Infinity: List Building for ITS Missions
So lately I've had an opportunity to dive into the ITS missions. For those who don't know, the ITS missions are a set of missions designed by Corvus Belli, for tournament play. Using them gives tournaments a selection of about 20 missions to pick from, all of which have been played, tested, and iterated upon. When you go to a tournament, you typically know the missions in advance, and are usually allowed to make 2 army lists, picking which one you want to use for whichever scenario. What I'll be talking about today though is mostly about all the different kinds of tools you'll want in your toolbox for these scenarios. Since I have only really delved deeply into The Combined Army, I'll be writing from that perspective, though really this is applicable for any army.
First off, the most important thing you need for nearly every ITS mission are specialists. Specialists are models with any of the following rules: Doctors, Engineers, Hackers, Forward Observers, Paramedics, Chain of Command, or Specialist. Taking assessment of what specialists you have in your army is important to understand your most basic tools. Because all missions have at least 1, and often 2, Classified Objectives, there is always the chance that you'll need a Hacker, Engineer, Forward Observer or Doctor to accomplish your Classified Objectives. Additionally, some missions, such as Beaconland, require a large number of Specialists, basically as many as you can get, so if you are building an army around 40+ point specialists, you'll be short on specialists, as well as on orders.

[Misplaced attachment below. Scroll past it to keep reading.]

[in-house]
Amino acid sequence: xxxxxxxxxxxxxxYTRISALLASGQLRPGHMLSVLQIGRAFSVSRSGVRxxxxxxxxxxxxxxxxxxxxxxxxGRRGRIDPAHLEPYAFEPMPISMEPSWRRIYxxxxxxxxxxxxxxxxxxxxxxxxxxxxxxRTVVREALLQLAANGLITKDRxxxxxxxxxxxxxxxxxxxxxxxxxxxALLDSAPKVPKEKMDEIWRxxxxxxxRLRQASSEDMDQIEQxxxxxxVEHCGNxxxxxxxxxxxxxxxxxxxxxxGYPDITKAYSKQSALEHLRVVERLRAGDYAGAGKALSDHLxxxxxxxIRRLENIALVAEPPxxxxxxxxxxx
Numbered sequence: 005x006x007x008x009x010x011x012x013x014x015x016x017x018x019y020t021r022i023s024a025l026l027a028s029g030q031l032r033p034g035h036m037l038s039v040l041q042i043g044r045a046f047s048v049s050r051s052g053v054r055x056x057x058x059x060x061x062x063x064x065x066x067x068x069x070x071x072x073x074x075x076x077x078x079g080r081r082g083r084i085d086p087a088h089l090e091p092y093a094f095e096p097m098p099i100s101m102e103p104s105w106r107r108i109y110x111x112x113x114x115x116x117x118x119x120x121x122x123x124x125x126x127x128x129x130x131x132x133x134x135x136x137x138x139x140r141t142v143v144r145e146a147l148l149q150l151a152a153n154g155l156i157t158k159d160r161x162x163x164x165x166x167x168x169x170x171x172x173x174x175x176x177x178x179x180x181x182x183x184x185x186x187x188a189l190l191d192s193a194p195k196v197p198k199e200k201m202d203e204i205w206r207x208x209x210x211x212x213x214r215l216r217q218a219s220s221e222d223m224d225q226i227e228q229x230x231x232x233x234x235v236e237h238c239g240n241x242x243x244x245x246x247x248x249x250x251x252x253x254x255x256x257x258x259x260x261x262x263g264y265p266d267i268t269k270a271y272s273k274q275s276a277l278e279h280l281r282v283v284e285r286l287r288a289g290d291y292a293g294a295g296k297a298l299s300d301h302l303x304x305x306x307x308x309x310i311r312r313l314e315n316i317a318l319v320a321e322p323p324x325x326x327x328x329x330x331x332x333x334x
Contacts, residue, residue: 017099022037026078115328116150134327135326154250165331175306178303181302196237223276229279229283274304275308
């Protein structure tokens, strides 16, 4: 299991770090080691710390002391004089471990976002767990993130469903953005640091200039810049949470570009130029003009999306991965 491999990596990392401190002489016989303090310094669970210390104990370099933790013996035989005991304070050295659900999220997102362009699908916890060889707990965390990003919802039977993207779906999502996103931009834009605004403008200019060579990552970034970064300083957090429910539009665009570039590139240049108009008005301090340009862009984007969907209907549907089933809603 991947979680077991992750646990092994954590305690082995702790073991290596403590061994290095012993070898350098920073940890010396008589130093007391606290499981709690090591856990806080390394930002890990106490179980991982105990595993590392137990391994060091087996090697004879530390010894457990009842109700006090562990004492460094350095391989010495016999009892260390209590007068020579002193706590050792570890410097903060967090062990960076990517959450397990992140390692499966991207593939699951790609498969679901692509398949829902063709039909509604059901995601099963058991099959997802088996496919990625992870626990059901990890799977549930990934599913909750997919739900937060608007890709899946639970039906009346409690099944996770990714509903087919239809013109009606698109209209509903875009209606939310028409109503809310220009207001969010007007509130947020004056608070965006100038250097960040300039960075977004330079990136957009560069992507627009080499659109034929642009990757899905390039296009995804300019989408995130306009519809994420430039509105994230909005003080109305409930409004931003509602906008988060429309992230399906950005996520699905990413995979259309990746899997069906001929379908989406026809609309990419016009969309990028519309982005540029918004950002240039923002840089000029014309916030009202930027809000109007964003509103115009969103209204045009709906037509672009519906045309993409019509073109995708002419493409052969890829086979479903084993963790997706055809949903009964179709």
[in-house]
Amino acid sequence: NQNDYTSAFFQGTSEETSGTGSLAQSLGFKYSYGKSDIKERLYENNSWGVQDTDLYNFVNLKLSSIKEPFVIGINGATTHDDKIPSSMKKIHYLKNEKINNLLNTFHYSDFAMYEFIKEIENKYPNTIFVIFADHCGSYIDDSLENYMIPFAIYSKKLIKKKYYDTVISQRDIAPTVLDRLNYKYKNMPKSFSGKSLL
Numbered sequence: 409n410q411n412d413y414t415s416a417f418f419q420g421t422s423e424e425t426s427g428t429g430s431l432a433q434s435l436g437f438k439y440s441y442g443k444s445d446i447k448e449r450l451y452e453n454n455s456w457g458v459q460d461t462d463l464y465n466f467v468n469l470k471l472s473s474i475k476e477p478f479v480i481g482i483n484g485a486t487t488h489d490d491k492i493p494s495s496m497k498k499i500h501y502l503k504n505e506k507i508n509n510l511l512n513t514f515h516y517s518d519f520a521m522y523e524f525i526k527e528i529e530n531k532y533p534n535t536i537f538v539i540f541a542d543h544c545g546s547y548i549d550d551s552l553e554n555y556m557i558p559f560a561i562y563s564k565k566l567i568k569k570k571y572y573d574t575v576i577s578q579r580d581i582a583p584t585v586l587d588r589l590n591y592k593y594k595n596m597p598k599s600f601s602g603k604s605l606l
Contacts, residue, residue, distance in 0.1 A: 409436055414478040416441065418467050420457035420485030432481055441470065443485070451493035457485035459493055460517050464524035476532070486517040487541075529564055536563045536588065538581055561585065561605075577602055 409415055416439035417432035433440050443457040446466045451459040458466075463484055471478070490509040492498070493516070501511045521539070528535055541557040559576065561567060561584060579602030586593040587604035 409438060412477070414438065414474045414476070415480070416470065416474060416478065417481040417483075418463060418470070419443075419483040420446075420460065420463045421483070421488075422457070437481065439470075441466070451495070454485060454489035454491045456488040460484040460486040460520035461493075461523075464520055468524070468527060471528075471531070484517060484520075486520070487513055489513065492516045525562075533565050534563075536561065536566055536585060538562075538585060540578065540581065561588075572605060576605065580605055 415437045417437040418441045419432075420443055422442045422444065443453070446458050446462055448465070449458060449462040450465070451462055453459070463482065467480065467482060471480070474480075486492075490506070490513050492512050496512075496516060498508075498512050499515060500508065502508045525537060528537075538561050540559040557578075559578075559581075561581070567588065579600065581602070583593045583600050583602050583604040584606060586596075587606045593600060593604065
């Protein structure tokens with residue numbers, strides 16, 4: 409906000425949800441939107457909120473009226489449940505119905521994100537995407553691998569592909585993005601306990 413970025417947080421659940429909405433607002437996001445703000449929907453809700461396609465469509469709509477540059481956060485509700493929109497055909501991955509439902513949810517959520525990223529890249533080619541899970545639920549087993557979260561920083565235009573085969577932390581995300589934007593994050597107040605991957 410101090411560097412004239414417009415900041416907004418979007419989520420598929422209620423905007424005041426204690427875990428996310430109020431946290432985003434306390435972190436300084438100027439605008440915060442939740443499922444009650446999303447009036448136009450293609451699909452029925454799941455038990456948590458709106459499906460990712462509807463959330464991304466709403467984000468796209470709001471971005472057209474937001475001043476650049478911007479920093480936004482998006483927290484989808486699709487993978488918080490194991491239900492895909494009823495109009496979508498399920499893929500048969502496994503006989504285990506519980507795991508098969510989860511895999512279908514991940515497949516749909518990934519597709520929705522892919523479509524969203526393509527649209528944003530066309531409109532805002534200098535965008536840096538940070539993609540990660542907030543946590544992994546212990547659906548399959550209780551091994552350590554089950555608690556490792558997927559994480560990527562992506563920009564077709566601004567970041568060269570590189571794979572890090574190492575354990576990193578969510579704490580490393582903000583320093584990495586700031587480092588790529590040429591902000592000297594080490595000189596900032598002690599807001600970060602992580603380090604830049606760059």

Before I work on my ITS lists, I actually like to take an inventory of all specialists I have available, and if there are any notable deployment methods or maneuverability that they bring, such as Airborn Deployment or Infiltrate.
- Anathematic hacker: 88/0.5
- Charontid hacker: 73/0.5
- Caliban hacker: 30/0.5
- Caliban engineer: 26/0
- Caliban infiltrator engineer (inferior infiltration): 28/0
- Maakrep Tracker hacker: 34/0.5
- Rodok paramedic (super jump): 21/0
- Rodok hacker (super jump): 25/0.5
- Corax Hasht: 34/1.5
- Skiavoro hacker: 60/0.5
- Fraacta hacker (Airborn Deployment: Combat Jump): 35/0.5
- Kurgat: 17-28 / 0-1.5
- Morat hacker: 22/0.5
- Morat forward observer: 15/0
- Morat paramedic: 16/0
- Noctifer hacker: 32/0.5
- Obsidon Medchanoid doctor + engineer: 23
- Seed Soldier forward observer: 15/0
- Seed Soldier paramedic: 16/0
- Treitak Anyat (climbing plus): 25/0
- Umbra Legates hacker (forward deployment): 43/0.5
- Malignos hacker (infiltration): 41/0.5
- Malignos forward observer (infiltration): 36/0
- Shrouded hacker (infiltration): 30/0.5
- Shrouded forward observer (infiltration): 25/0
- Zerat hacker (infiltration): 25/0.5
- M-drone (forward observer): 17/0
- Unidron Batroid forward observer: 15/0